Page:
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Teach Yourself Typography

Self-publishing = Word-processing + Desktop publishing…well, almost.

Writing a novel is hard enough; I can’t worry about what it looks like when it’s self-published.

Yes, you can, and you should! At some point, you will need to apply some design to the words on the pages, in order to present your work in the best possible light. This is where typography comes in.

Simply put, typography is the style and appearance of printed matter. Typographic design is an art, and has a language all of its own.

Users of word-processing software will already be familiar with some aspects of typography, but may not realise it. There are features and functions that allow text to be manipulated and arranged on the page; indeed, the software does a lot of it automatically, without the user knowing, or having to think about it.

If you have experience of desktop publishing software, then you will be more familiar with typography, as these programs are specifically designed for that purpose, and are comparable to traditional typography and printing methods.

Typesetters who work in publishing companies may use software such as InDesign. However, a professional, typeset appearance can be achieved with word-processing software.  All it takes is a couple of hours, familiarising yourself with the basic elements of typography, and how it is applied to a print-published fiction novel.

Below is a list of typographical hints and tips. Use them, along with your word-processing software, to make your self-published novel look like a mainstream-published one:

  • For long passages of continuous text, use a serif font (the ones with ‘curly bits’, such as Times New Roman). A serif font is easier to read than a sans serif font (the ones without ‘curly bits’, such as Arial), as these slow down reading.
  • Experiment with typeface size, but remember: the height and width of a specific point size can vary between typefaces. For example, 10 pt in Times New Roman is not the same size as 1o pt in Garamond. You don’t have to stick with the standard 10 and 12 point size. Try anything from 9 to 14 point size, and you can use half sizes: just type them in to the font size box.
  • Fully justify text. A full line of justified text should ideally contain an average of 66 to 72 characters (including word spaces) – approximately 9 to 11 words.
  • Keep white space to a minimum. Make good use of kerning (the process by which the space between two characters is adjusted), and leading (line spacing).  Bear in mind that your word-processing software may not refer to them by their typographical names. (In Word 2010, these features can be found under the Advanced tab from the Font menu.) Do not leave a blank line between paragraphs, but indent them instead.
  • As a rule, have between 32 and 38 lines of text per page. Turn off widows and orphans (but try to keep one word carried over with the previous  page).
  • Be aware of page proportions for different book sizes, as this will have an effect on all of the above. The margins will need to be different to accommodate the right amount of text on the page.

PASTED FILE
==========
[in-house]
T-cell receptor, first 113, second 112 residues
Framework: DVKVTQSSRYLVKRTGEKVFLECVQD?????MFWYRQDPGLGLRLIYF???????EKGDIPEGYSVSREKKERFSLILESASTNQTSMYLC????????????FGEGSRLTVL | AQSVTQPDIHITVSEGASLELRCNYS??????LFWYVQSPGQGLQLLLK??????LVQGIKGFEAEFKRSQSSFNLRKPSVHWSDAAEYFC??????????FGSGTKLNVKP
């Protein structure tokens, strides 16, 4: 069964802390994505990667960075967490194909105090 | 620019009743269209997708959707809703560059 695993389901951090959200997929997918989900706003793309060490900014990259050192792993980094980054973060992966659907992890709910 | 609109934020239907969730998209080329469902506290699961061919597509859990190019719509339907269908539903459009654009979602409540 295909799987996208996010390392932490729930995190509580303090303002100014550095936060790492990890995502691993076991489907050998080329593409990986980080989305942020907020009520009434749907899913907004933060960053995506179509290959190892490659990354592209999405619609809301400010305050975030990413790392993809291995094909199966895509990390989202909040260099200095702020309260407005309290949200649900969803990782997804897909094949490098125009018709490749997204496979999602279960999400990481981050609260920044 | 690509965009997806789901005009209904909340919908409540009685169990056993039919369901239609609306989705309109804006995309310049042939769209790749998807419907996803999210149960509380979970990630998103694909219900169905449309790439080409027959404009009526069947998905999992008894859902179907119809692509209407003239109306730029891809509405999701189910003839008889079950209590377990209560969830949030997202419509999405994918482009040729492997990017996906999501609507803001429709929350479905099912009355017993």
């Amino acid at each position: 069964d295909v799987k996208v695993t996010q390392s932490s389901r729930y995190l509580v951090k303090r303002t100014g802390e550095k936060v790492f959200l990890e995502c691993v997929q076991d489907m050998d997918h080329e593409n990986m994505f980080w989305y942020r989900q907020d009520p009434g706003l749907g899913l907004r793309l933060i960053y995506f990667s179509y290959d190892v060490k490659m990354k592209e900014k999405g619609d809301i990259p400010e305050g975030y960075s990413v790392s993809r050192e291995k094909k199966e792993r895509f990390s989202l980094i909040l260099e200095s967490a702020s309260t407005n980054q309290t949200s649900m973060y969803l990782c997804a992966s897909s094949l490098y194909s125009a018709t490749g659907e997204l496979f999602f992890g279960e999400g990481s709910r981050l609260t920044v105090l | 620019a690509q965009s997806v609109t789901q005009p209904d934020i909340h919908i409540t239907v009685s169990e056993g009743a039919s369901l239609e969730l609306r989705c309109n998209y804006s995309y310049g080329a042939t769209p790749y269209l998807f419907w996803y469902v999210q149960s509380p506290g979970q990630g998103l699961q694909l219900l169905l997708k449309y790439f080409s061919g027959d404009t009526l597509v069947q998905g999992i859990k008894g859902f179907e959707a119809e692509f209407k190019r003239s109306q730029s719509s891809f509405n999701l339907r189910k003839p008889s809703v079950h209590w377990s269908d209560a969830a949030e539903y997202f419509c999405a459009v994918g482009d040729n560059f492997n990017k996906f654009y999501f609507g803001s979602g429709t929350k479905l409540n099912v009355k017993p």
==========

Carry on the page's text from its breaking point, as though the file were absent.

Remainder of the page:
• Lastly, to avoid your self-published novel having that word-processed look, include the occasional end-of-line hyphenation, in order to remove any additional white space.

With a bit of experimentation, it is not too difficult to produce a professional-looking typeset document that will make your published novel look attractive and uniform.

I have only covered a tiny amount about typography, here. It’s worth investing in a book or two, but shop around, as they can be quite expensive.  I can recommend Book Typography: A Designer’s Manual, by Mitchell & Wightman (Libanus Press, 2005), and The Complete Manual of Typography, Second Edition, by James Felici (Peachpit, 2012).

Happy experimenting! 🙂

2 thoughts on “Teach Yourself Typography

  1. Thank you, Sue.

    This post is very informative and should help a lot of people get more familiar with typography.

    Let me just point out a few details that self-publishing authors also need to be aware of:

    While the article mentions Times New Roman (TNR) multiple time, and it is the preferred font for most manuscripts, this font is virtually non-existent when it comes to any traditionally published (fiction) books. TNR was designed for narrow newspaper columns and book typesetters would more likely go for one of the following: Garamond, Baskerville, Caslon, or Palatino.

    When it comes to font sizes and spacing, it is worth exploring books published in the chosen genre. Some YA novels, for example, will have wider line-spacing and bigger font sizes than some long-running formats, e.g. compare the print book interior of The Hunger Games and 1Q84.

    And lastly, although this is not exactly part of typography: Always use creme paper, rather than white!

    PS: Of course, my formatting went all wrong while talking about typography. Let’s try again.

    Liked by 1 person

  2. Thank you Martin, that’s really interesting about Times New Roman. I’m using Palatino for my latest project. I think I agree with you about the cream colour pages too, at least for fiction books. There’s a lot about the way books are typeset that self-publishers don’t realise. I am no expert, but I do find it fascinating.

    Like

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